As President Trump and his advisers contemplate the next steps to take in the conflict he instigated with Iran, they are focused primarily on two historical events. First, the seizure of the 52 American hostages at our embassy in Iran in 1979 and Iran’s role in killing hundreds of our troops after our invasion and occupation of Iraq.
Lawrence J. Korb
In the 25 years from the coup until the Iranian revolution in 1979, the shah and his secret police committed unspeakable acts against those who disagreed with his policies, often with the support and the encouragement of the United States. In addition, we actually provided him the technology to begin developing nuclear weapons.
In the summer of 1980, when Saddam Hussein launched a war against Iran, which was marked by indiscriminate ballistic missile attacks and extensive use of chemical weapons that resulted in at least a half million casualties, the United States tacitly supported him. And in 1988, as this war was drawing to a close, the United States mistakenly shot down an Iranian civilian airliner (Iran Air Flight 655), over Iranian territorial waters killing 296 people, which President Reagan called “deeply regrettable.”
After the attacks of 9/11, the Iranians were the only Muslim country to condemn them publicly, actually holding a candlelight vigil in a soccer stadium in Tehran. And after our invasion of Afghanistan, they provided critical intelligence about the Taliban and al-Qaeda that enabled us to drive these groups from Afghanistan in a matter of weeks. Finally, at the Bonn Conference in December 2001, the Iranians persuaded their Afghanistan allies (the Northern Alliance) to support Hamid Karzai, who is a Pashtun, for president. Without their help, Karzai would not have received enough support to take over the country.
President Trump and His Advisers Should Keep Other Incidents in Mind
I was personally involved in these events: On 9/11, I was working in New York at the Council on Foreign Relations, and soon after the attacks I and several of my colleagues were contacted by the Iranian ambassador to the United Nations and invited to dinner at the Iranian Embassy in New York. At the dinner, the ambassador asked us to convey a message to the Bush administration that Iran was willing to assist the United States in overthrowing the Taliban and al-Qaeda, and in setting up a new government in Afghanistan, which we did.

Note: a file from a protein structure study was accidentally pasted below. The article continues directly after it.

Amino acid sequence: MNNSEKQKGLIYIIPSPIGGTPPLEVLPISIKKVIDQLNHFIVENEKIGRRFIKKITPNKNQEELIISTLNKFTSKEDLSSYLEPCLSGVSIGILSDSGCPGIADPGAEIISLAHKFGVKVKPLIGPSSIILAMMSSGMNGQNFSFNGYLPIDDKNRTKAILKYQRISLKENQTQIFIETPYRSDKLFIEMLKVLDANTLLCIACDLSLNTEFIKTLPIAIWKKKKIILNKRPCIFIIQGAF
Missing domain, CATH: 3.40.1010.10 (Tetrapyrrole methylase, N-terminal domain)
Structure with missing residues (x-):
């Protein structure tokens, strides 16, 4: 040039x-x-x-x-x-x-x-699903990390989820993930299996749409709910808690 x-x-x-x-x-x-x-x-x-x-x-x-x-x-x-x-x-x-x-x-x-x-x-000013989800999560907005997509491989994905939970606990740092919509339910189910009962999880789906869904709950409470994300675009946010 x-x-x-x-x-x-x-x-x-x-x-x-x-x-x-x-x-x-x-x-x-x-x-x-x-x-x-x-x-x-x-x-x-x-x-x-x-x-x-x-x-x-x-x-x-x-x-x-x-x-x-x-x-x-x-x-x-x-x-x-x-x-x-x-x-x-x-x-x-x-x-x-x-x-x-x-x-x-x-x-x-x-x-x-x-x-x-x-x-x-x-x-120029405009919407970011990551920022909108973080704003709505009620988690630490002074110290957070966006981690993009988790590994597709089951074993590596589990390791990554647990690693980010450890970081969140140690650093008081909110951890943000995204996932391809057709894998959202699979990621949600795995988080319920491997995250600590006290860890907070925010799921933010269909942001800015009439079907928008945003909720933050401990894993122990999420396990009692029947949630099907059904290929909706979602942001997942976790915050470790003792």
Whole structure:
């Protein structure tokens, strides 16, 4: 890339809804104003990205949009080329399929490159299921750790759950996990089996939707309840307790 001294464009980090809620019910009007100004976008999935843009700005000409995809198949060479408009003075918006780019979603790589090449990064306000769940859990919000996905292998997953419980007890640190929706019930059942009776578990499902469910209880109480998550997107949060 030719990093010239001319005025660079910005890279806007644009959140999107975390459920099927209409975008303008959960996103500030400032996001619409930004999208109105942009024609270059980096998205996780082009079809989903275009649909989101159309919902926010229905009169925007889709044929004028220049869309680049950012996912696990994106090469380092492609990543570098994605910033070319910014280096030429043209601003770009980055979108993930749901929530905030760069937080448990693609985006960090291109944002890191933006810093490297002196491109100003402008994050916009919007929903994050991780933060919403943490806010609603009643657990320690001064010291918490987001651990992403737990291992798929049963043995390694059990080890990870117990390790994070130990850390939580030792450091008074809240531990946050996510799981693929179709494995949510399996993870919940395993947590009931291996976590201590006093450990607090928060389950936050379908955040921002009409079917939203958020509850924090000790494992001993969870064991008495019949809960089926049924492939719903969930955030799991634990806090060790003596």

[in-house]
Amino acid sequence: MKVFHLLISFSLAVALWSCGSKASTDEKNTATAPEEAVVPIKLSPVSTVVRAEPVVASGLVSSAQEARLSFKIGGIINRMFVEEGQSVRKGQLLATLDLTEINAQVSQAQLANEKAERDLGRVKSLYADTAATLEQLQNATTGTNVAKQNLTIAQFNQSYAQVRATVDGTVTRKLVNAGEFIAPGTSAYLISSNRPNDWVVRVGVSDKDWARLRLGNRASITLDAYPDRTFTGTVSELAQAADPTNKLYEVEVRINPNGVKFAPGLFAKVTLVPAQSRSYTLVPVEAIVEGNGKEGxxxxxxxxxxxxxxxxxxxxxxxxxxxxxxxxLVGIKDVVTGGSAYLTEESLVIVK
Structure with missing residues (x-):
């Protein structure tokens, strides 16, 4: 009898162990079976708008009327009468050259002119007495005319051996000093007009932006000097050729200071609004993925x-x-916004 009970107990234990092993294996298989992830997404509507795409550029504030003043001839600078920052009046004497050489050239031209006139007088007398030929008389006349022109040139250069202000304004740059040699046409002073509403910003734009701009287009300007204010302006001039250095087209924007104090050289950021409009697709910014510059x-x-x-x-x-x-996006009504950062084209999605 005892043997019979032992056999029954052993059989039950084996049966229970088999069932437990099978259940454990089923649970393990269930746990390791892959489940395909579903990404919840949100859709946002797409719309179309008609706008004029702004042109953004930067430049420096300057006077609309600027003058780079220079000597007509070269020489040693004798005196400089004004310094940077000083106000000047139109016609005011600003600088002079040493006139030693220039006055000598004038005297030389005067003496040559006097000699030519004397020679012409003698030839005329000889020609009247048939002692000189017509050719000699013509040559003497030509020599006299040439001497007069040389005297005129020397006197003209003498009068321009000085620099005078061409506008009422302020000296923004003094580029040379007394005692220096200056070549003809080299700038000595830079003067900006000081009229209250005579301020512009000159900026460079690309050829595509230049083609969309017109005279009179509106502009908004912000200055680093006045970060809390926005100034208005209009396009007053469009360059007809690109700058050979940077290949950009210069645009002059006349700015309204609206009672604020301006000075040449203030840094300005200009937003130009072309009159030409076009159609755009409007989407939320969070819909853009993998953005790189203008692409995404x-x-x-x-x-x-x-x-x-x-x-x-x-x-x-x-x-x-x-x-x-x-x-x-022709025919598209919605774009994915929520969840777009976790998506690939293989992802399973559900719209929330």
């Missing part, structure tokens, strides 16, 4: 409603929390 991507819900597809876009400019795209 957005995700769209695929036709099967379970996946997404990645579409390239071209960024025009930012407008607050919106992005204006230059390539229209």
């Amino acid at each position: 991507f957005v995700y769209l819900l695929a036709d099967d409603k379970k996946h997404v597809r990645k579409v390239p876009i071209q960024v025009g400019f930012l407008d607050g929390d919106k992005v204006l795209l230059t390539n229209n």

Thus, it should not have been surprising that the Iranian Revolutionary Guard and its Quds Force, led by Soleimani, took action against our forces in Iraq after our invasion and occupation of their neighbor.
Finally, after the U.S.-trained Iraqi military refused to fight ISIS, it was the Iranian military forces and their Iraqi proxies that worked with our troops to prevent ISIS from taking over the country. Without their help, the United States would not have been able to destroy the ISIS caliphate in Iraq and Syria as quickly.
While events do not exonerate Iran and its leaders from some of their unlawful and aggressive behavior in the region, President Trump and his advisers should keep these other incidents in mind as they contemplate their next steps with Iran. Failure to do so will most likely lead to a disastrous and unnecessary outcome.
About the Author
Lawrence J. Korb is a senior fellow at the Center for American Progress and a senior adviser to the Center for Defense Information. He wrote this for InsideSources.com.